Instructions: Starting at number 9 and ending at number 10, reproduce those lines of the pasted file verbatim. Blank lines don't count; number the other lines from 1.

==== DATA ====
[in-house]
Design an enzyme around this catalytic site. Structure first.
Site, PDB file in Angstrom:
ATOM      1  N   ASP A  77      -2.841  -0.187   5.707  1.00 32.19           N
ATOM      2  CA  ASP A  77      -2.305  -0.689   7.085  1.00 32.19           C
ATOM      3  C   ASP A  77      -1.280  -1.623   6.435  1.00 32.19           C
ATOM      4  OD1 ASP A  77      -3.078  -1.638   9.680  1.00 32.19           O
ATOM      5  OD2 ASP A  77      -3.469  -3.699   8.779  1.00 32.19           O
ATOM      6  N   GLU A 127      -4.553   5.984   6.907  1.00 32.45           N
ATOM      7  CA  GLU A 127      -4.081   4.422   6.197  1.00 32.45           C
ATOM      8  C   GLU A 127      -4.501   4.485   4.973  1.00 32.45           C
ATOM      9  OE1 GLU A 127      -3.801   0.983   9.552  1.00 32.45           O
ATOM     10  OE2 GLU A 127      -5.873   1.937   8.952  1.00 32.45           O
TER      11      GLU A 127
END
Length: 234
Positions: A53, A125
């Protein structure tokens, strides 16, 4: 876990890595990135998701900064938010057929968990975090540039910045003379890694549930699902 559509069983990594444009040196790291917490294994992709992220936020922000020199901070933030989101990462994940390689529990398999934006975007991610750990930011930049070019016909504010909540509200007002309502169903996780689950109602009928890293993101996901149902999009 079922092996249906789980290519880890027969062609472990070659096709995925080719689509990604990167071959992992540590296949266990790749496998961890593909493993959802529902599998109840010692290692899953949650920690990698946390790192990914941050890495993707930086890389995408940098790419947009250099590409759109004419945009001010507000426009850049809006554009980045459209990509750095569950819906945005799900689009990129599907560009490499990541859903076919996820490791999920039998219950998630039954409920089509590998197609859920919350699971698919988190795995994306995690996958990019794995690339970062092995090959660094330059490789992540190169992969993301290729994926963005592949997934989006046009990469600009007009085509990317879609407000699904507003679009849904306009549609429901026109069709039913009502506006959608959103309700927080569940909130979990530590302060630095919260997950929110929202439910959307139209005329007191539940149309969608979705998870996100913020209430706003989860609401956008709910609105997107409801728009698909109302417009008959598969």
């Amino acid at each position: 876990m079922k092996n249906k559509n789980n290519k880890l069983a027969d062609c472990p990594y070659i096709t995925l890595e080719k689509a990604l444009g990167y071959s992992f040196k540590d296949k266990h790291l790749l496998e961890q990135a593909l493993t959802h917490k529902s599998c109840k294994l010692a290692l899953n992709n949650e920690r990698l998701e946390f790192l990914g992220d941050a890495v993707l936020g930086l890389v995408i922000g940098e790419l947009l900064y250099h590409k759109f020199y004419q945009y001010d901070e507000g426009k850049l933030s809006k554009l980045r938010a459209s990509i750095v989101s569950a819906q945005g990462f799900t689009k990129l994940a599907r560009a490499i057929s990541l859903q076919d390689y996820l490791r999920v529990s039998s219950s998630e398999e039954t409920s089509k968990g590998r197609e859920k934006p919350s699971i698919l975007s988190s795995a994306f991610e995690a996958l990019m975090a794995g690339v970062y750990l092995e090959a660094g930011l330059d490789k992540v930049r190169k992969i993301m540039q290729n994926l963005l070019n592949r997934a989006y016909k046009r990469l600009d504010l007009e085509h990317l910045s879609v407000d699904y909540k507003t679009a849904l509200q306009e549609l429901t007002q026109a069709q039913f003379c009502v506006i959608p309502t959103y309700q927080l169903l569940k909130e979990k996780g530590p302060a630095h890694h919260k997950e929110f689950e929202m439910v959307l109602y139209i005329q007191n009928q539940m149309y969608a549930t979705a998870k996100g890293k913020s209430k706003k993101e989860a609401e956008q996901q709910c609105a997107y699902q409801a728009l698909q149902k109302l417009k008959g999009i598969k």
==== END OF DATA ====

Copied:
ATOM      6  N   GLU A 127      -4.553   5.984   6.907  1.00 32.45           N
ATOM      7  CA  GLU A 127      -4.081   4.422   6.197  1.00 32.45           C